Tag Archives: literature

The Best Nonsense Verses, Collected by Josephine Dodge Daskam

Nonsense
The Best Nonsense Verses, Collected by Josephine Dodge Daskam

From Lewis Carroll’s Jabberwocky to limericks written by Edward Lear, some of the crankiest, most logical and lyrical people turn common sense upside-down. May they inspire the child inside of you to find your way through the most challenging situations with a new set of eyes!

Josephine Dodge Daskam, aka Josephine Daskam Bacon, selected these nonsense verses with the permission of their authors Lewis Carroll, Edward Lear, W.S. Gilbert, Guy Wetmore Carryl, Charles E. Carryl, Oliver Herford, Gelett Burgess, George du Maurier, and Rudyard Kipling.

The Best Nonsense Verses, read for you by Grace Buchanan:


Read the entire book at Project Gutenberg.

Listen to the entire collection of verses at LibriVox.

Listen to all the work that I’ve done for LibriVox.

This is a LibriVox recording. All LIbriVox recordings are in the public domain. For more information, or to volunteer, please visit: LibriVox.org.

Image credit:
CD cover designed by Grace Buchanan. Illustrations:
54, from A Book of Nonsense, by Edward Lear, via Wikimedia Commons;
Grandfathers little nurse, by Paul Hey, via U.S. National Library of Medicine.
Public domain

April Twilights And Other Poems, by Willa Cather

April Twilights and Other Poems, by Willa Cather
April Twilights And Other Poems, by Willa Cather

Such a beautiful collection of Willa Cather’s poems. I enjoy how she expresses the appearance of landscapes and the feelings of difficult emotions.

This was one of her several efforts to publish these poems. First, she submitted many of them to magazines. Then she published some in her first book in 1903, which she titled simply, “April Twilights”. This 1923 collection was the second edition. She followed it with a third edition ten years later*.

I had the honor of performing the first poem “Grandmither, Think Not I Forget”, which I understand was one of her favorites. She wrote the finished verse in her first draft; she never saw any need to edit it*.

Grandmither, Think Not I Forget“, performed for you by Grace Buchanan.

Read the entire book “April Twilights And Other Poems” at Project Gutenberg.

Listen to all the work that I’ve done for LibriVox.

Listen to the entire book “April Twilights And Other Poems” at LibriVox. I read:
Track 1 “Grandmither, Think Not I Forget”
Track  2 “Fides, Spes”
Track  4 “The Hawthorn Tree”
Track 11 “Evening Song”

This is a LibriVox recording. All LIbriVox recordings are in the public domain. For more information, or to volunteer, please visit: LibriVox.org.

Image credit:
Illustration “Twilight“, by Anna Sophia Towne Darrah via Wikimedia Commons. CD cover design by Tomas Peter for LibriVox, Public Domain.

The Man On The Other Side, by Ada Barnett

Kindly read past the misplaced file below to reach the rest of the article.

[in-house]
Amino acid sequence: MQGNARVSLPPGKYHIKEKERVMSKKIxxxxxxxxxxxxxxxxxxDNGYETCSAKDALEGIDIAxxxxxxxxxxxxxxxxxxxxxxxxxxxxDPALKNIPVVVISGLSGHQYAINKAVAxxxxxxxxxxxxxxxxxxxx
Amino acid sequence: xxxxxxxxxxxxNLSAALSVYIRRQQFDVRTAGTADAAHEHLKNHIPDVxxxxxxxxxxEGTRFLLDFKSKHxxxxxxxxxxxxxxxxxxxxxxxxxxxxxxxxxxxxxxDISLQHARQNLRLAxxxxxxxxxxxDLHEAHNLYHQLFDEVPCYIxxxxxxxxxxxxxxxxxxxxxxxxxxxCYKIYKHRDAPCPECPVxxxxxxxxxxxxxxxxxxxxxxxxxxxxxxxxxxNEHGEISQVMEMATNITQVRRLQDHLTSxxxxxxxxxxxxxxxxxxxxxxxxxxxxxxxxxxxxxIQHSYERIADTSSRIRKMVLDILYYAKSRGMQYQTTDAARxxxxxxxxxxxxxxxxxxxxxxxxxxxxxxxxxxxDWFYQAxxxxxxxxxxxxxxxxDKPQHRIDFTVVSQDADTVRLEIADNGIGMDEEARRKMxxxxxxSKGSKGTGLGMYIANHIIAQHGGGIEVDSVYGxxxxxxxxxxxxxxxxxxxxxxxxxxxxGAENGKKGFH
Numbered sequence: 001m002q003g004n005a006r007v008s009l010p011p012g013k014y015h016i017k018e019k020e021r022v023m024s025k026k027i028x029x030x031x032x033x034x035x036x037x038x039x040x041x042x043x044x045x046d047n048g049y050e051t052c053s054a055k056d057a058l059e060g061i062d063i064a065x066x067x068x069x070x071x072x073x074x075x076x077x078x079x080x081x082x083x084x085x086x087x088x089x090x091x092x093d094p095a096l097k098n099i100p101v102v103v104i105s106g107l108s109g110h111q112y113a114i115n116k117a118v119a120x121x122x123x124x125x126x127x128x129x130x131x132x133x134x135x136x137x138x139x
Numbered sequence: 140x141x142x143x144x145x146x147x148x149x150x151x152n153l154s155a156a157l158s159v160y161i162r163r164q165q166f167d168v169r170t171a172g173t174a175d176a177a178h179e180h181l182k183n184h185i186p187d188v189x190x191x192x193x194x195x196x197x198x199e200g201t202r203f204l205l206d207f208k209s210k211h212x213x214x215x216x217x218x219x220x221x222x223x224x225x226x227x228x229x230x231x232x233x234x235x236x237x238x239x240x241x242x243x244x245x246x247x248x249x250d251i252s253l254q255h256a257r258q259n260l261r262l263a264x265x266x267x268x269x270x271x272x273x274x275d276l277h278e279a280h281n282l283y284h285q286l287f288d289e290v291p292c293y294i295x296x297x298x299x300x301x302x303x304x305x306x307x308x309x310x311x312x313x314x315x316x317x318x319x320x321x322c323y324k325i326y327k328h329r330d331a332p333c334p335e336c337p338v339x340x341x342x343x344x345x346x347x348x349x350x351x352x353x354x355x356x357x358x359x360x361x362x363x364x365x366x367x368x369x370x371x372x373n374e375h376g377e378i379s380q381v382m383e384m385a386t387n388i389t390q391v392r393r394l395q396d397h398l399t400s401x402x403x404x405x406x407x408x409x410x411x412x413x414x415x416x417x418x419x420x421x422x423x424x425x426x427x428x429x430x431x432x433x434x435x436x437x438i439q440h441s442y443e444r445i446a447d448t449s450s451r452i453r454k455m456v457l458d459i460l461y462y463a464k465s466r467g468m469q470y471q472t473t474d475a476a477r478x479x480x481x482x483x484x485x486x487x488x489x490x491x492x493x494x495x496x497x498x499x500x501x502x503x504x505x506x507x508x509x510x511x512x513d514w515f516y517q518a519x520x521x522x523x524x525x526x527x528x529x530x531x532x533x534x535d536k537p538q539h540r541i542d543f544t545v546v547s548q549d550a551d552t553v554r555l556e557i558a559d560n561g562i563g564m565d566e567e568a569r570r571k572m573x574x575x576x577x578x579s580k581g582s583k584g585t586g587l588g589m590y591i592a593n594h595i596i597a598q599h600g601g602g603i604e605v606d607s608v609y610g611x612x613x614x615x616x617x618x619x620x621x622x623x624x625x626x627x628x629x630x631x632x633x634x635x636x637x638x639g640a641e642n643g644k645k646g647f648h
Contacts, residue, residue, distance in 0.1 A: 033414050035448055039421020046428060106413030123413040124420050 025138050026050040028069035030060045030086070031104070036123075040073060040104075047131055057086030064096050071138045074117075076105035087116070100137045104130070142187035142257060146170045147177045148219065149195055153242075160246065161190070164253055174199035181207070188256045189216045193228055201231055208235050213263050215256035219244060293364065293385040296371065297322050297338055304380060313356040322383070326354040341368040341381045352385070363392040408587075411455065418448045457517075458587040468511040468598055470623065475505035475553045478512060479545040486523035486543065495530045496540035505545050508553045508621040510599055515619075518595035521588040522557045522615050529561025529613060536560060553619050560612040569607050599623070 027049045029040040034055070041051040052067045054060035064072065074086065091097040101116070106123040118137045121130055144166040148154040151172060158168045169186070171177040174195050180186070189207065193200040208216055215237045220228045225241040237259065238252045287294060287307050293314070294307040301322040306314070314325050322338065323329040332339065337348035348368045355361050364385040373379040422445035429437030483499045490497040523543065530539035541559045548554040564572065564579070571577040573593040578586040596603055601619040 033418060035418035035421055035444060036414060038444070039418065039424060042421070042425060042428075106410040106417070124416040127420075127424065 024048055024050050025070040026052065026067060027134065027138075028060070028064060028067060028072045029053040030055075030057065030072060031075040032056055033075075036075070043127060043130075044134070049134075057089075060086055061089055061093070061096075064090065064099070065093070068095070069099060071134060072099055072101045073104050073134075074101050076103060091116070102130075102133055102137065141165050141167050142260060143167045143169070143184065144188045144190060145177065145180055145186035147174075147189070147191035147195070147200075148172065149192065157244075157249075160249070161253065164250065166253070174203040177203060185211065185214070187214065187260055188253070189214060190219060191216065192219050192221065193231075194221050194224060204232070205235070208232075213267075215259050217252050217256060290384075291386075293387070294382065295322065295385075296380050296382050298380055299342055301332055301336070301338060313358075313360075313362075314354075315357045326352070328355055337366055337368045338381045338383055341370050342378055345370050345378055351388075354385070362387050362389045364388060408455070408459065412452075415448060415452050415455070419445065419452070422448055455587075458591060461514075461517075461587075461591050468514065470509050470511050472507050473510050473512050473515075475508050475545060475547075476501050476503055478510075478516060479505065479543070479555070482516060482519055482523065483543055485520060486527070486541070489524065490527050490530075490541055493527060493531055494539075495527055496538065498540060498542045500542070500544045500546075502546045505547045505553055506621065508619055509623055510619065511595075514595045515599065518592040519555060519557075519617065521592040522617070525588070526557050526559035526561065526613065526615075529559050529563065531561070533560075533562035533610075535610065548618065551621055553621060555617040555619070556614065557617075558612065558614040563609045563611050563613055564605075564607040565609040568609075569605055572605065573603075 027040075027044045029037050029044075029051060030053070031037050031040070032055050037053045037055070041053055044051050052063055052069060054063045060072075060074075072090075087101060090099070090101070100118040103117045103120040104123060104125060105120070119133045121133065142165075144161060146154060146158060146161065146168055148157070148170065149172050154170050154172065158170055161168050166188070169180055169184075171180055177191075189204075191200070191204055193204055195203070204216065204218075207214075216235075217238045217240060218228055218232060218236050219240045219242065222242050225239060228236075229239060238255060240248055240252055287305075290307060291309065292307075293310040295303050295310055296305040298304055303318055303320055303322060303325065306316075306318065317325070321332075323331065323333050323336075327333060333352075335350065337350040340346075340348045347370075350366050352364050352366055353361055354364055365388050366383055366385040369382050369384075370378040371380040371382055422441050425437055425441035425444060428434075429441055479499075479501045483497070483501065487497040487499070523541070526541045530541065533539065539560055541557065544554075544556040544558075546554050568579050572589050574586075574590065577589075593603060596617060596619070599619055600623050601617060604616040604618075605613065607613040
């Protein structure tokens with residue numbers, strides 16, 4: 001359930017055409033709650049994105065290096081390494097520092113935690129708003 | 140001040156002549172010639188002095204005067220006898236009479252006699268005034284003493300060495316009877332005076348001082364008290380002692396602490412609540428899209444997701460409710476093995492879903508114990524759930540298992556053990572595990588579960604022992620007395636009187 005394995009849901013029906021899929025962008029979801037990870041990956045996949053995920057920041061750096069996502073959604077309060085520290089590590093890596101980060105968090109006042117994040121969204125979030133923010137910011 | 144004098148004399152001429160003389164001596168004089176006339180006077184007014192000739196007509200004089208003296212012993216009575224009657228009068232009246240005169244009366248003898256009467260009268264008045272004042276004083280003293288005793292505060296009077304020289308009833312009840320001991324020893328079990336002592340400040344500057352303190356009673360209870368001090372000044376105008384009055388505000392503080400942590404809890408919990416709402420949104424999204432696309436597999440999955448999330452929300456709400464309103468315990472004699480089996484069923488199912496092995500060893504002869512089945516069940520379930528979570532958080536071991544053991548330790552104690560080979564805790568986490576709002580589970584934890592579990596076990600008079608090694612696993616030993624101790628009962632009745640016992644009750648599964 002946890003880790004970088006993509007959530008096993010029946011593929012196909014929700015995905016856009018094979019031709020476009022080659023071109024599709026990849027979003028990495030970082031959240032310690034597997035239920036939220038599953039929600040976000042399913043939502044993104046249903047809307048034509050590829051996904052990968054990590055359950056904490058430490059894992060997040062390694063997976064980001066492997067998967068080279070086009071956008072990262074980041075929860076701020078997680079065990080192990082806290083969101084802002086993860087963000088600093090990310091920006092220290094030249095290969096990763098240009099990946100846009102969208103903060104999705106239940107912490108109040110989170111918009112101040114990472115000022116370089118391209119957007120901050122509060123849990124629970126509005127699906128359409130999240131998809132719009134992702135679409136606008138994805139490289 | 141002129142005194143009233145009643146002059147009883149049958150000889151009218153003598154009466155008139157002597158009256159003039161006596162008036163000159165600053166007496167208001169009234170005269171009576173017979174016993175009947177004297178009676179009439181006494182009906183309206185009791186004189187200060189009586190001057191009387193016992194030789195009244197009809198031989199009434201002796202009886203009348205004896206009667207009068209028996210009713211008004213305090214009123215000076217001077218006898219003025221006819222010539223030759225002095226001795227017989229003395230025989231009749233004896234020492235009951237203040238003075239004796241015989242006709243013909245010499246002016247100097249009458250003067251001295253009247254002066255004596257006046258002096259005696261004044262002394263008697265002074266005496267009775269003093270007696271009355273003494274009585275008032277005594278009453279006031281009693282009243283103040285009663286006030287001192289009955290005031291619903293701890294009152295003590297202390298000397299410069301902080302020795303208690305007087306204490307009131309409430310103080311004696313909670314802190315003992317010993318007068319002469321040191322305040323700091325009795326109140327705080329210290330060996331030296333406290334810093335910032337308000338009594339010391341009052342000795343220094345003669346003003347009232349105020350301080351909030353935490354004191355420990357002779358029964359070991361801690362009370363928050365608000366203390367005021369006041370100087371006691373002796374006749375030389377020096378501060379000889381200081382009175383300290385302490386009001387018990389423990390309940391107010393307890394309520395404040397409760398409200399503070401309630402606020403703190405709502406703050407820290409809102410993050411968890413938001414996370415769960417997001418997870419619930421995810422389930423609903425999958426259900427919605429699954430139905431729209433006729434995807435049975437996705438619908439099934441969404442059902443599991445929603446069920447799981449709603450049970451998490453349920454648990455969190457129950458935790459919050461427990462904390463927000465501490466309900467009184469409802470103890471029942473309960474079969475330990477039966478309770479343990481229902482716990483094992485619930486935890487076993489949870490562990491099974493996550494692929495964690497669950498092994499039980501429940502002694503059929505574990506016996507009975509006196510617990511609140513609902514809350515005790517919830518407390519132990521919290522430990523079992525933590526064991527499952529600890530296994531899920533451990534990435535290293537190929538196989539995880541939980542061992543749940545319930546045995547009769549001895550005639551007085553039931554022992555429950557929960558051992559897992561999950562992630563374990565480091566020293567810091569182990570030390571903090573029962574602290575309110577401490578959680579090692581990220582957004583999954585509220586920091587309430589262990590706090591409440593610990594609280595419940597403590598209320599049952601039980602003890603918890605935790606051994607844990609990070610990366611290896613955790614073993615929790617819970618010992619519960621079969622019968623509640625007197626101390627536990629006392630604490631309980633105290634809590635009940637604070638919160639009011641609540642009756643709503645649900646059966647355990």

CD cover showing the title, author, and an image of a woman walking along a farm path on a bright summer day
The Man On The Other Side, by Ada Barnett, copyright 1922

As I recorded the first two chapters of this book, I felt grabbed by its paranormal theme. I appreciate the boldness of the main character as she learns to honor the relationship that she develops with the previous owner of her Sussex farm — who is deceased. It made me ponder my own openness to interacting with people who are no longer “here”.

The Man On The Other Side, Chapters One and Two read by Grace Buchanan for LibriVox.

Download or listen to the entire novel at The Internet Archive.

Listen to the entire novel at YouTube.

Listen to the entire novel at LibriVox.

Download or read the entire book “The Man on the Other Side” at Project Gutenberg.

Listen to all the work that I’ve done for LibriVox.

This is a LibriVox recording. All LIbriVox recordings are in the public domain. For more information, or to volunteer, please visit: LibriVox.org.

Image credit:
CD cover illustration “Silence of the Evening” by Ferdinand Hodler. Cover design by TriciaG for LibriVox.org, Public domain.

North and South, Chapter One, by Elizabeth Cleghorn Gaskell

“Edith had rolled herself up into a soft ball of muslin and ribbon, and silken curls, and gone off into a peaceful little after-dinner nap.” — from Chapter 1, North and South, by Elizabeth Cleghorn Gaskell.

“The first chapter of a book is often the hook to draw a reader in. It could make you eager for more or realize it isn’t for you.” Lynne T of LibriVox

The characters in the first chapter of North and South drew me in. This story gives us a glimpse of conditions for several social classes in 19th century Victorian Sussex England.

North and South, Chapter 1 read by Grace Buchanan for LibriVox.


I’m looking forward to recording this book in its entirety.

Read the entire book “North and South” at Project Gutenberg.

Listen to all the work that I’ve done for LibriVox.

Listen to a collection of first chapters of fiction and nonfiction books at LibriVox

This chapter is Track 11 in the LibriVox First Chapter Collection 7.

This is a LibriVox recording. All LIbriVox recordings are in the public domain. For more information, or to volunteer, please visit: LibriVox.org.

Image credit:
frontispiece, North And South, illustration via Gutenberg.org, Public Domain